Over the past couple of months, mental health in the sporting world is having a light shined upon like never before. First, tennis superstar Naomi Osaka withdrew from the French Open, citing mental health concerns, and more recently, four-time Olympic gold medallist Simone Biles did likewise.
Biles’ withdrawal drew praise for getting her priorities straight and helped enforce something that the rest of the world would do well to imitate. We had a chat with psychotherapist Rosette Muscat Said Sarreo about the issues that come with living in an always-connected world and the importance of taking mental health breaks.
Life is fast-paced, but have we evolved enough?
“Nowadays, science is confirming that our mental health suffers on a daily basis”, Muscat Said Sarreo says, right from the off. “Our bodies get tired, whether that’s muscles or organs, and the brain as one of the main organs is not immune to this”. Therefore, it’s vital that we take care of our boundaries and know when to say “this is enough”.
Life has become so fast-paced, it’s a literal rat race where we’re constantly bombarded with information; social media, advertising in every empty space imaginable. That means our brains are always switched on, processing information, whether actively or passively. Unfortunately, our bodies have not yet fully adapted to this fast-paced existence, which means that our brains seemingly tire quicker nowadays.
It’s not that we get tired quicker; we’re simply tired on a consistent basis with less time to disconnect. So, how do we combat this?
Harmony is key
“Ideally there needs to be more awareness for mental health breaks,” Muscat Said Sarreo explains. “Studies have shown that for the body to function properly and in harmony, there needs to be a balance; noise levels; silence; air quality…it should be easier for people to encourage others to take care of themselves. If there is more harmony, of course, the better our health will be overall.”
Another thing that we need to acknowledge is that we, as humans, are more than our jobs and our productivity levels do not define us. Going back to Simone Biles, she herself explained her relief at acknowledging that she’s more than her achievements and medals.
Muscat Said Sarreo makes reference to companies that do not prioritise time spent at work, but rather a reasonable amount of tasks completed per workday.
“The ‘reach your targets’ approach is great because it results in a different attitude where people are not tied to a station for 8 hours. It also reduces micro-management & promotes a feel-good vibe around the company where employees feel respected & trusted to do their jobs to the benefit of all involved.”
The employer’s perspective
There are a number of options employers can pursue in a bid to ensure their employees’ mental health is stable. However, as Muscat Said Sarreo points out, it all depends on team dynamics and size. “Micro-managing is a key contributor to stress at the workplace, but addressing that issue directly is not easy, but there are options one can pursue,” she says.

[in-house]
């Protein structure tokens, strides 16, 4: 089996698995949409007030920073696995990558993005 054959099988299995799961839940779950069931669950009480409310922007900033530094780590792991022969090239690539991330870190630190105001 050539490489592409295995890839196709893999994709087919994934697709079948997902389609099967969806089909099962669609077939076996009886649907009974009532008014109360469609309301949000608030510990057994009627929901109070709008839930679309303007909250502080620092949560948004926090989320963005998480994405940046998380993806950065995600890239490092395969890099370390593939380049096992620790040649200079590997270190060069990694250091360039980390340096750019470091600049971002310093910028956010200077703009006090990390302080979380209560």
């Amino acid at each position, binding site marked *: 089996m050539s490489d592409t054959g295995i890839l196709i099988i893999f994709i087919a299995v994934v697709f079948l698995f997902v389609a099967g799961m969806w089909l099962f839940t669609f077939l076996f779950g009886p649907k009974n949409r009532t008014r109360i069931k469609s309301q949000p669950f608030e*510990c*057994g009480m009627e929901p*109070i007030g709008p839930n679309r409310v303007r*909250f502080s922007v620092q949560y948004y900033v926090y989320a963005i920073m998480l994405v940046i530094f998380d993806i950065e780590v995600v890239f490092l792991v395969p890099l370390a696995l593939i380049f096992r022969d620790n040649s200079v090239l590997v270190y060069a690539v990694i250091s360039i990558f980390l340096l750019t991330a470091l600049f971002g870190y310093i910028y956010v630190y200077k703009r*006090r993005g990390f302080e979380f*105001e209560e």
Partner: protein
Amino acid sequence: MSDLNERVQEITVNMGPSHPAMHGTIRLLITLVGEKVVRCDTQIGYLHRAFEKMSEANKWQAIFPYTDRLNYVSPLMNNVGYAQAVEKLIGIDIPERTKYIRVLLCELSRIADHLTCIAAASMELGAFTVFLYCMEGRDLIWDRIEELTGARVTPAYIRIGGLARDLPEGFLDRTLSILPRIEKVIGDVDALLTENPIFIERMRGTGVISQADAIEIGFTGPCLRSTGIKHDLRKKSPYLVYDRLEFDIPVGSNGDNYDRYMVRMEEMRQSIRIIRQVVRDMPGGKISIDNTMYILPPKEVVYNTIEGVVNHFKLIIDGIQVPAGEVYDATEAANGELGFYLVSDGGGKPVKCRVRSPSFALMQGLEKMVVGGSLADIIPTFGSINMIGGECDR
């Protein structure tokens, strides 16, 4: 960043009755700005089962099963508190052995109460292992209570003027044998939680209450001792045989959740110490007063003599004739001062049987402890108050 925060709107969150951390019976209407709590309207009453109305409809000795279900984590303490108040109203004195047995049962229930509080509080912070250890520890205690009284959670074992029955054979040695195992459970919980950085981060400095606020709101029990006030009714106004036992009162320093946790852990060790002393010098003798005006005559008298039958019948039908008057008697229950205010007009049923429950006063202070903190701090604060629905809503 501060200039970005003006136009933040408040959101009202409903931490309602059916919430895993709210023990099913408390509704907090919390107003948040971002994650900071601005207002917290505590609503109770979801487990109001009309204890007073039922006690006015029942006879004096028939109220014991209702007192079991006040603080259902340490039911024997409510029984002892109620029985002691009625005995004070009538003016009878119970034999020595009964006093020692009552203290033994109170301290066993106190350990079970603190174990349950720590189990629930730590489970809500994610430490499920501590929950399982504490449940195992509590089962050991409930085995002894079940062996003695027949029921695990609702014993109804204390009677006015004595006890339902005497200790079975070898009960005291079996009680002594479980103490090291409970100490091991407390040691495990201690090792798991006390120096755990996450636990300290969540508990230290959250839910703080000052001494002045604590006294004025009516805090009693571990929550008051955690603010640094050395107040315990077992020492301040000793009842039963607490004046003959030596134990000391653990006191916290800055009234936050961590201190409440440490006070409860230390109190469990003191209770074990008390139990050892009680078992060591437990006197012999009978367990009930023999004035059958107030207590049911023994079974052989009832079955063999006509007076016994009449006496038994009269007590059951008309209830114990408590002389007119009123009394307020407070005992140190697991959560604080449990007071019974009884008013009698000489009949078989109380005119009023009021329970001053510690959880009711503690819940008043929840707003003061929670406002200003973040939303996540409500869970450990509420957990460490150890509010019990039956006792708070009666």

Employee assistant programs are a growing trend, where companies provide therapy sessions for their staff with a professional. The important thing is that most companies don’t even need to know the exact issues, because sometimes, these might be external pressures from beyond the job.
However, employees appreciate that their bosses appreciate them as human beings and not just workers. The therapist then simply invoices the company accordingly.
Another option is that of group away days, where employees are taken out of the work environment. This helps recalibrate their perception of their colleagues and superiors outside the work environment, which in turn helps make them feel safer when they go back to work. It helps gel the team because new, positive memories are being created.
In terms of direct employment, it could simply be a case of finding out what your staff are good at and attribute specific tasks to them. That would show the staff that not only are their capabilities being seen and acknowledged, but they also know that they’re delivering better than before. This of course results in more job satisfaction and more well-being at the place of work.
Open eyes & open hearts
How can we tell if someone’s going through a bit of a rough patch? “Burnout doesn’t always manifest in visual cues”, Muscat Said Sarreo reveals. “Most of the time they’re invisible, and it’s when we’re talking and engaging with people that we might notice that their energy levels, the way they move, the words they use are a bit off. We have to be attuned and sensitive to their cues.”
So, if you, or someone you know, might be going through a bit of a rough patch, overwhelmed by the excess information being thrown at us from our screens and beyond, there’s no harm and most certainly no shame in seeking out help. In an always-connected world, we need to re-learn the value of the occasional disconnect and find our inner peace.